Empowering the Badjao Tribe through the Badjao Integrated Community Empowerment Project

By Sue Hargrove

The Badjao Tribe were traditionally expert fishermen, deep sea divers and navigators from Mindanao. Sadly in the 1960’s due to rampant raiding and piracy in the waters the Badjao tribe made the Alaska beach in Mambaling, Cebu City as their home. They built houses along the shoreline on stilts to store their boats beneath. However due to the construction of the UC-METC in the 1990s they had to leave their community and settled in Sitio Nava. Tragedy struck for the Badjao tribe when their homes were twice gutted by fire and eventually the Badjao tribe were settled in three nearby areas in Cebu, the Philippines.

Traditional Badjao Houses

Traditional Badjao Houses

The fishing trade for the Badjao tribe is threatened because of marine sanctuaries and municipal waters are also protected. This has led to an unemployment rate of almost 60%, leading to acute social and economic disadvantages. Adding to these difficulties the Badjao tribe also face a number of integration issues such as discrimination from the wider community, reinforcing their struggle for human rights, education, employment, housing and social services. This along with poor infrastructure has led to 68 families (544 people approx) living without dignified shelter, a deficit in education among the Badjao child and their parents, with a high number of children not attending education (403) and a very high drop out rate for those who are. Nutrition among the Badjao tribe is poor leading to malnutrition and ill-health. An overwhelming majority of households have no water (98.7%) or no electricity.

The marginalised status of the Badjao tribe held back the tribe from accessing resources and rights.

Through partnership with the Presentation Sisters in the Philippines, SERVE works with the Badjao Tribe in Cebu City. The main goals of the project are to a) improve community leadership b) develop member’s capacity building and livelihood and c) to deliver basic social and infrastructure support.

Thanks to funding support from Misean Cara, the Dublin Province of the Redemptorists and SERVE have been able to support a project, in partnership with the Presentation Sisters, empowering community leaders through training and workshops, to represent and organise the Badjao community. Through this training community leaders have been able to draft a community constitution in environmental sanitation, gambling and house ownership contracts. Community leaders have now taken a diplomatic role in the organising of the community through council meetings and general assemblies and represent the tribe when dealing with civil society and government.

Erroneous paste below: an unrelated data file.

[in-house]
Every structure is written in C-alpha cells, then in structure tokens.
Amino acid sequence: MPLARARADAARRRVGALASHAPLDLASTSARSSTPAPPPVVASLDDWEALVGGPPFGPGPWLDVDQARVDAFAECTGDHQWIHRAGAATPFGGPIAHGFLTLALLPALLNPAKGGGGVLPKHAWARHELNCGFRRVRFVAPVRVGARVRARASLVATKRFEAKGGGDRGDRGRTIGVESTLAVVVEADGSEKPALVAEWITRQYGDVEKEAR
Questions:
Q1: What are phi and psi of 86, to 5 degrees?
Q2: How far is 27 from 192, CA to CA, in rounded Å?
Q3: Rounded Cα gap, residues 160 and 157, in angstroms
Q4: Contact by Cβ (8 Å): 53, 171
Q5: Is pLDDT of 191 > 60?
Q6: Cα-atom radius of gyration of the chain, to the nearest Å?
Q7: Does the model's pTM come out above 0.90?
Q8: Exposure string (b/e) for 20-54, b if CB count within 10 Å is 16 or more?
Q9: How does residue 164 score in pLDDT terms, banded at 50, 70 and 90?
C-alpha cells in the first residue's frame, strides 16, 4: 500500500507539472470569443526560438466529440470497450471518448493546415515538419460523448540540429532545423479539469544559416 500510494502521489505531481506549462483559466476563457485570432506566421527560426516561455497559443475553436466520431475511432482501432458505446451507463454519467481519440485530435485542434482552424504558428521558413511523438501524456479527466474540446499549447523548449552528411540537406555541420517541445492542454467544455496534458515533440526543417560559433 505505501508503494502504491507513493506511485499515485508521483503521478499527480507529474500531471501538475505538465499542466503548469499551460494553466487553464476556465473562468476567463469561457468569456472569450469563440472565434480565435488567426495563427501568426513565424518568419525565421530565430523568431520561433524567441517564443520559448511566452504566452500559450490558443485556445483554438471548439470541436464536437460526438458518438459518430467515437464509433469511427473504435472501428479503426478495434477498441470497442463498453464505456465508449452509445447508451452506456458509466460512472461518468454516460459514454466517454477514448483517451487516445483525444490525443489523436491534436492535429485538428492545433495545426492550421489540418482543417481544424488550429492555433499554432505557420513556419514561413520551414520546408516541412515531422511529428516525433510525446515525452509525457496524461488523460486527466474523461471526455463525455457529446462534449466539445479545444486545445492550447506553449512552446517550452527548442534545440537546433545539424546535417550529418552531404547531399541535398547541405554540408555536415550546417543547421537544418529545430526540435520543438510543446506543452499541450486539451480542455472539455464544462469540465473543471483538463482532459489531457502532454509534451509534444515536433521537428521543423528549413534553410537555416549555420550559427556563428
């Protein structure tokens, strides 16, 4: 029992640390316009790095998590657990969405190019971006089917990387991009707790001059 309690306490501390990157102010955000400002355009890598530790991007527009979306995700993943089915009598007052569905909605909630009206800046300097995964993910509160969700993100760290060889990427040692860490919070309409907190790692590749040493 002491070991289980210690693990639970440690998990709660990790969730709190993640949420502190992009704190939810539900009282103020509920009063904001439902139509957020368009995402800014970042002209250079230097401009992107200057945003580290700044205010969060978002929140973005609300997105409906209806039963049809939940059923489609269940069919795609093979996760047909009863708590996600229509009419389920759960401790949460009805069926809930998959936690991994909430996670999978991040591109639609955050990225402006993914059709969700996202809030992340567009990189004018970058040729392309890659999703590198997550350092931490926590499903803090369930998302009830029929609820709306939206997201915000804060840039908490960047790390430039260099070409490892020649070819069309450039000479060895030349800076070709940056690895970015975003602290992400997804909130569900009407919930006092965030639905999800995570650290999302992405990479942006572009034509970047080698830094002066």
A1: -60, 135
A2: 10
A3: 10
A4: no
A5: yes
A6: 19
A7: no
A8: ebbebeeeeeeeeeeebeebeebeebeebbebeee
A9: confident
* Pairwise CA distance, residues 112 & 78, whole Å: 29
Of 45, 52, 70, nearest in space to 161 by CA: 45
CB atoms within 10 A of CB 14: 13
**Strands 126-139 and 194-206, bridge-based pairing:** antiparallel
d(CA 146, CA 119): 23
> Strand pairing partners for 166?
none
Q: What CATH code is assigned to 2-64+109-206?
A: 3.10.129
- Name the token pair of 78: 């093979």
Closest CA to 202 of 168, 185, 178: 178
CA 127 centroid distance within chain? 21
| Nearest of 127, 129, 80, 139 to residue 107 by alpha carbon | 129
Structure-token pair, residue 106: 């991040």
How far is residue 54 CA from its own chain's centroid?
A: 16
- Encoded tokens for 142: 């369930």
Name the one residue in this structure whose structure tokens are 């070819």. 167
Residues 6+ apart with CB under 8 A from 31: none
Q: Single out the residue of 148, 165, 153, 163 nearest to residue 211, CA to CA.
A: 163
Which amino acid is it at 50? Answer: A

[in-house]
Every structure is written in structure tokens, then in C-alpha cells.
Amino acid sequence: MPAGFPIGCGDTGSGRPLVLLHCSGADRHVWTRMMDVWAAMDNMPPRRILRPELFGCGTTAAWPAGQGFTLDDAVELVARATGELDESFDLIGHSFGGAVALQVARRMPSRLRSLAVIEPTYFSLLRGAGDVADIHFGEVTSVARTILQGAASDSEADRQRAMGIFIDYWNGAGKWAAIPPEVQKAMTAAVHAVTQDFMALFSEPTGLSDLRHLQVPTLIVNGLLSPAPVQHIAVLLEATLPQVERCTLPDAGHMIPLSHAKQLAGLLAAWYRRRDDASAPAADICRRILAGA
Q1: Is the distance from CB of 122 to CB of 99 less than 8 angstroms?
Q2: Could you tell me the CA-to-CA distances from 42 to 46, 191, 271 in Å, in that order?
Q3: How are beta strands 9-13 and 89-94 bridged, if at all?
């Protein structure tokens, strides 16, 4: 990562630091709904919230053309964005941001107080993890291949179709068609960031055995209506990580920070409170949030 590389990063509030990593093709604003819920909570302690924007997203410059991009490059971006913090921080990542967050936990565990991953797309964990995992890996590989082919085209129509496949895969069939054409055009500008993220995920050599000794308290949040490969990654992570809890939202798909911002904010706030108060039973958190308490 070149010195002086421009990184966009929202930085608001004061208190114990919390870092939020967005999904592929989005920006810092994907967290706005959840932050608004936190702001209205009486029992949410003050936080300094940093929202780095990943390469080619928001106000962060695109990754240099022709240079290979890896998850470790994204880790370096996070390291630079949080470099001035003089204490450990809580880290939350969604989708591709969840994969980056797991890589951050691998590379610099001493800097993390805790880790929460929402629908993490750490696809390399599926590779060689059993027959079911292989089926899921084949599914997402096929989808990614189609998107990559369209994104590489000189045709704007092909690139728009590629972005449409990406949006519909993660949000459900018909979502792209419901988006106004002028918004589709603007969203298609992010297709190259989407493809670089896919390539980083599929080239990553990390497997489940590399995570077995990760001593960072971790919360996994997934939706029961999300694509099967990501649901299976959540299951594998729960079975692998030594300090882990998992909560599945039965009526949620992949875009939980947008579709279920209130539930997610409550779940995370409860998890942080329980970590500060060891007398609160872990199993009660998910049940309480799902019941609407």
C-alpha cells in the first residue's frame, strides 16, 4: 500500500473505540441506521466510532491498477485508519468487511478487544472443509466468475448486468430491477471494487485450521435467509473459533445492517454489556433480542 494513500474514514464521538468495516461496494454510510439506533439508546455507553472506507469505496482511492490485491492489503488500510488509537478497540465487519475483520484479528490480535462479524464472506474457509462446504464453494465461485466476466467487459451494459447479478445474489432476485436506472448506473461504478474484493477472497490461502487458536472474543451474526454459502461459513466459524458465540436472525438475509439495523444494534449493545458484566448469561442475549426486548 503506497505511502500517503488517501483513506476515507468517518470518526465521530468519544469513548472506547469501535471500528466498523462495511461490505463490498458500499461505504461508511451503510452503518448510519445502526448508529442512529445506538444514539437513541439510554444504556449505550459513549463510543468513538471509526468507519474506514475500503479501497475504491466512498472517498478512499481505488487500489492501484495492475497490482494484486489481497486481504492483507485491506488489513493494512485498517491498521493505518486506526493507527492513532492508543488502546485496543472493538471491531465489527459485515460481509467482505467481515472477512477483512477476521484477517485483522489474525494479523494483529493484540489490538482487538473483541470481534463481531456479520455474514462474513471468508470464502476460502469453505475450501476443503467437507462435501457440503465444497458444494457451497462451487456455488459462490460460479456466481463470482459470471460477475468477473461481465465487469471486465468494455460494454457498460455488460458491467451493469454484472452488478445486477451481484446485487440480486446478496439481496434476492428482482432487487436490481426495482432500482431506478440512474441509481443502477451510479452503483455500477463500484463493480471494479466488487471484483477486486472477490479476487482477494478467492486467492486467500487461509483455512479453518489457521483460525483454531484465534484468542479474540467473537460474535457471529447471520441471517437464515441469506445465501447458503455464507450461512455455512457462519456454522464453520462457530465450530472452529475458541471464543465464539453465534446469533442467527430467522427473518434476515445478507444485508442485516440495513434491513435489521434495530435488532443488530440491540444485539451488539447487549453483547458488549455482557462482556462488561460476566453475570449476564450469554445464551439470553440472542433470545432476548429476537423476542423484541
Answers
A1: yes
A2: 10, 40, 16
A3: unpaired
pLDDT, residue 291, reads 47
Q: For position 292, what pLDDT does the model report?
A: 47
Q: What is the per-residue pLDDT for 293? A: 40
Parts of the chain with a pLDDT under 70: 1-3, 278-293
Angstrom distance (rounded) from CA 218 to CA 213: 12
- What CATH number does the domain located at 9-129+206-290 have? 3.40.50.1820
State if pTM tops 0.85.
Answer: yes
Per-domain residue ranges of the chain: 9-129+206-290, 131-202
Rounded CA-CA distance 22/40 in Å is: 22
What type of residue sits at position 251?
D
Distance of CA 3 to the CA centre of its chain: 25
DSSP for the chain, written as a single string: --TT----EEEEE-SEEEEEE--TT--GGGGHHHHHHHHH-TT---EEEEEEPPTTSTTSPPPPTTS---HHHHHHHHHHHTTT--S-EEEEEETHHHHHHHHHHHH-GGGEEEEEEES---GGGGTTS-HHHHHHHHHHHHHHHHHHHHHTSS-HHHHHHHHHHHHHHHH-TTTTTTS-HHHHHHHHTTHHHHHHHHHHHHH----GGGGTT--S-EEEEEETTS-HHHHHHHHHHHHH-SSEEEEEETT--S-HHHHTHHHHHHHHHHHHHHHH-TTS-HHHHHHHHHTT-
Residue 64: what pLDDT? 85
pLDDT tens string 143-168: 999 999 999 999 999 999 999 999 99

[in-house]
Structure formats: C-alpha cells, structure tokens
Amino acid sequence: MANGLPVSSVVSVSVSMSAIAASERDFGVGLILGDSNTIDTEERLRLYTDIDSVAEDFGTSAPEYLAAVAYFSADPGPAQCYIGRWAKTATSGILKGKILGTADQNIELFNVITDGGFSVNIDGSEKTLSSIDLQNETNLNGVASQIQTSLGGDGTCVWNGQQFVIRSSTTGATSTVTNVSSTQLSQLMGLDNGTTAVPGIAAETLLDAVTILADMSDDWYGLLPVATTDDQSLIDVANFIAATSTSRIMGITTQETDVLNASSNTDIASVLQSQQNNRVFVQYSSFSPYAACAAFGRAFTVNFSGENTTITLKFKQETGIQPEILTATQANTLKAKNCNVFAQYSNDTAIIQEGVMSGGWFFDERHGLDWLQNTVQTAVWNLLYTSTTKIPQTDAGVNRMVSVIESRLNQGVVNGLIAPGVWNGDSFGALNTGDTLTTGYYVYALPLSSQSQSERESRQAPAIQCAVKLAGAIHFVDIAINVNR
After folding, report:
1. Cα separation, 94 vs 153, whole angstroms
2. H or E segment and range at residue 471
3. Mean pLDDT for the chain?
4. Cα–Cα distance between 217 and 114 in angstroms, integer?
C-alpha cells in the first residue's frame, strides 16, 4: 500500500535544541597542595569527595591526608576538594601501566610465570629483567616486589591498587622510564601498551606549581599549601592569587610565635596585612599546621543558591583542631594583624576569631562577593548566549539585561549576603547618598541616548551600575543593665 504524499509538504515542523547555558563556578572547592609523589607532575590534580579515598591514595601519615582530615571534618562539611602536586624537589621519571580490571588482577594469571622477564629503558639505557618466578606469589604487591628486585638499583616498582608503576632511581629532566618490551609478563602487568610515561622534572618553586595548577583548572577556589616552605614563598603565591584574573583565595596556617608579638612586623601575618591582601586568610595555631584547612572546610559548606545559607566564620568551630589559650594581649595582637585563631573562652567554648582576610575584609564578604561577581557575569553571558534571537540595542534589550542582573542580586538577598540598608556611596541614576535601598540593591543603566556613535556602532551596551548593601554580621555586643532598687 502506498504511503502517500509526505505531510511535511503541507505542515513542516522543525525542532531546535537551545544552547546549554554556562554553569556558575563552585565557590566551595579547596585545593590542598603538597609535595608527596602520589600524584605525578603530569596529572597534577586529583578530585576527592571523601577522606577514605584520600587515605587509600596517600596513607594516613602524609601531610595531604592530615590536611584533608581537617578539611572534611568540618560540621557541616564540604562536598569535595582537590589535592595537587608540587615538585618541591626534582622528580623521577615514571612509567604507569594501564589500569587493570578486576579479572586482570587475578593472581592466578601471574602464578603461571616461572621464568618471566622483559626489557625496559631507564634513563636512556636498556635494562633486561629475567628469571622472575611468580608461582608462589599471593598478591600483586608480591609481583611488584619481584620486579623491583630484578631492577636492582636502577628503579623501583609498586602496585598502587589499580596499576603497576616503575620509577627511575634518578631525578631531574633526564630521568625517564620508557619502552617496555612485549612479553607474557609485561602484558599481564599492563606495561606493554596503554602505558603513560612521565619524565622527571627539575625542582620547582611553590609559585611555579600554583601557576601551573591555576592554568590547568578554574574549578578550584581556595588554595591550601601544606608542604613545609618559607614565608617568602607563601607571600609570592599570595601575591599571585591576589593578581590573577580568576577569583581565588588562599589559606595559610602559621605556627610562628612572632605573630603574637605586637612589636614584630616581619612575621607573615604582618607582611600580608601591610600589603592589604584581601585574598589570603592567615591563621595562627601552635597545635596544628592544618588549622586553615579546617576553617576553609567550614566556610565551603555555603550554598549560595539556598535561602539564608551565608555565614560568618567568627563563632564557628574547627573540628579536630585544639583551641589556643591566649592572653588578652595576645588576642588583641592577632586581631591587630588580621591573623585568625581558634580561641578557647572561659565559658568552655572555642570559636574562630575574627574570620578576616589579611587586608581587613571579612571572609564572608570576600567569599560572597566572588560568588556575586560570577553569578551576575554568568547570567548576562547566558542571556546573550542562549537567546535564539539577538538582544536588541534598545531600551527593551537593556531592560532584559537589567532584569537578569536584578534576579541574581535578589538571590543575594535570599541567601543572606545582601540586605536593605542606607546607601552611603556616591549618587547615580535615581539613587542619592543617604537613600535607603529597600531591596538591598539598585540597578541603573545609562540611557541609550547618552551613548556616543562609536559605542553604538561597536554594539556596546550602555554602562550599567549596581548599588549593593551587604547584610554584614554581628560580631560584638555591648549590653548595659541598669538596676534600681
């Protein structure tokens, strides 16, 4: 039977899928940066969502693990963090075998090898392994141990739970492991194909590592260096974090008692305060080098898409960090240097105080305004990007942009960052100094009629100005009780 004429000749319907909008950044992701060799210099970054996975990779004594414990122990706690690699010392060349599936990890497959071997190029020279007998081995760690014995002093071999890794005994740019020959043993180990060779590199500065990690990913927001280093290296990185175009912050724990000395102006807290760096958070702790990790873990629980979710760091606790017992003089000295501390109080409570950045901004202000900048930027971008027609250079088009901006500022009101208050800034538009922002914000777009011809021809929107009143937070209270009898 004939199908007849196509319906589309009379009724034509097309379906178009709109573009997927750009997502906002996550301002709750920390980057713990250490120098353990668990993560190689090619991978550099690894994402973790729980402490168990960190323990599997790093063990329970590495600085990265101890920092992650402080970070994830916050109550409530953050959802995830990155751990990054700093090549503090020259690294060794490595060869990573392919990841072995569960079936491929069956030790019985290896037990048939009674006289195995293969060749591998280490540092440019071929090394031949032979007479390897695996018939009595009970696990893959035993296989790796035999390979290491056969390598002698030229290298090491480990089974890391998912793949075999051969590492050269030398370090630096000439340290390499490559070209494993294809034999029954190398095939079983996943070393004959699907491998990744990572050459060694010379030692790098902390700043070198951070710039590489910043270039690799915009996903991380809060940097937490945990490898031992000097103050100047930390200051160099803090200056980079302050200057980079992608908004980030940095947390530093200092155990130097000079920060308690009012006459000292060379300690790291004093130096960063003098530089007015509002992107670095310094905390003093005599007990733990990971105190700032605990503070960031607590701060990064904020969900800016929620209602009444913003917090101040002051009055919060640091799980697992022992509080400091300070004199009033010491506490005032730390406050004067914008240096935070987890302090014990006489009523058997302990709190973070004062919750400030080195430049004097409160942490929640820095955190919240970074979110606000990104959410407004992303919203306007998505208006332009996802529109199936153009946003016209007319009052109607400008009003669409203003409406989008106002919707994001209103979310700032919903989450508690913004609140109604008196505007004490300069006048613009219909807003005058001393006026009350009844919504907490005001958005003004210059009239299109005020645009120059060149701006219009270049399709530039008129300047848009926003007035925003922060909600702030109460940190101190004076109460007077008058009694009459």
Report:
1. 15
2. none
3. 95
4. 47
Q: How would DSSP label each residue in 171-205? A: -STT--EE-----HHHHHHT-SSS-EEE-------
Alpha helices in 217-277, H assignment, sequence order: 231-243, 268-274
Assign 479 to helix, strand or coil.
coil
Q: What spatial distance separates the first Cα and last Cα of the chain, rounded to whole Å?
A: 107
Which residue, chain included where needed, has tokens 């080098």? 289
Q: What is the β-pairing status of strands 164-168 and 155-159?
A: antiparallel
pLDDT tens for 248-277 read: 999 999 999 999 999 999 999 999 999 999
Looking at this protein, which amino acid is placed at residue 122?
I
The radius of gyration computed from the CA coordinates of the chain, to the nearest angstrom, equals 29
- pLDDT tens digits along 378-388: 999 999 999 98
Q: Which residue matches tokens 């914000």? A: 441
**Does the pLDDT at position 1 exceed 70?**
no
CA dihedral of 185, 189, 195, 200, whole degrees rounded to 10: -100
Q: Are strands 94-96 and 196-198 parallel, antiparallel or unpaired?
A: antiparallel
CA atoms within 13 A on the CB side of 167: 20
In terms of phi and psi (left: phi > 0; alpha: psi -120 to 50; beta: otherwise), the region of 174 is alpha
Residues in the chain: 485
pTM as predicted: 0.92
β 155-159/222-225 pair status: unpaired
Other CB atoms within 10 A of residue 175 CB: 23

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Badjao Community Council Members

Improving the community members capacity and livelihood, is crucial for the tribe to combat their social and economic disadvantage in the wider community. Community members are involved in basic literacy education which targets children, mother and unemployed youth, to improve their chances of future employment. A feeding programme was introduced targeting orphaned, vulnerable and out of school children to combat poor nutrition and ill-health among the community. A skills training programme to improve the life chances of members of the community included boat making, pearl design, bead work and reflexology.

The community regeneration programme, was introduced to deliver basic social and infrastructural support. The aims of this project was to provide decent and dignified housing for a total of 104 families (1,120 people), Construction also involved the instillation of a septic tank, and running water and electricity to the newly built homes. However while water and electricity connections have been built, connection is slow due to challenges with the resource companies involved. A fence around the newly constructed homes was also constructed to ensure the safety of the families residing there. Family members all contributed to the building of their houses and developed skills in brickwork. Another aspect of this was to build a livelihood centre which provides a space to enhance skills and training, ultimately to increase income for the tribe.

This project developed in partnership between SERVE, the Presentation Sisters and the Badjao community has led to a holistic approach to tackling the issues facing the tribe. Through training, community leaders are now equipped with the skills to formulate community policies and work towards a more inclusive, active and organised community.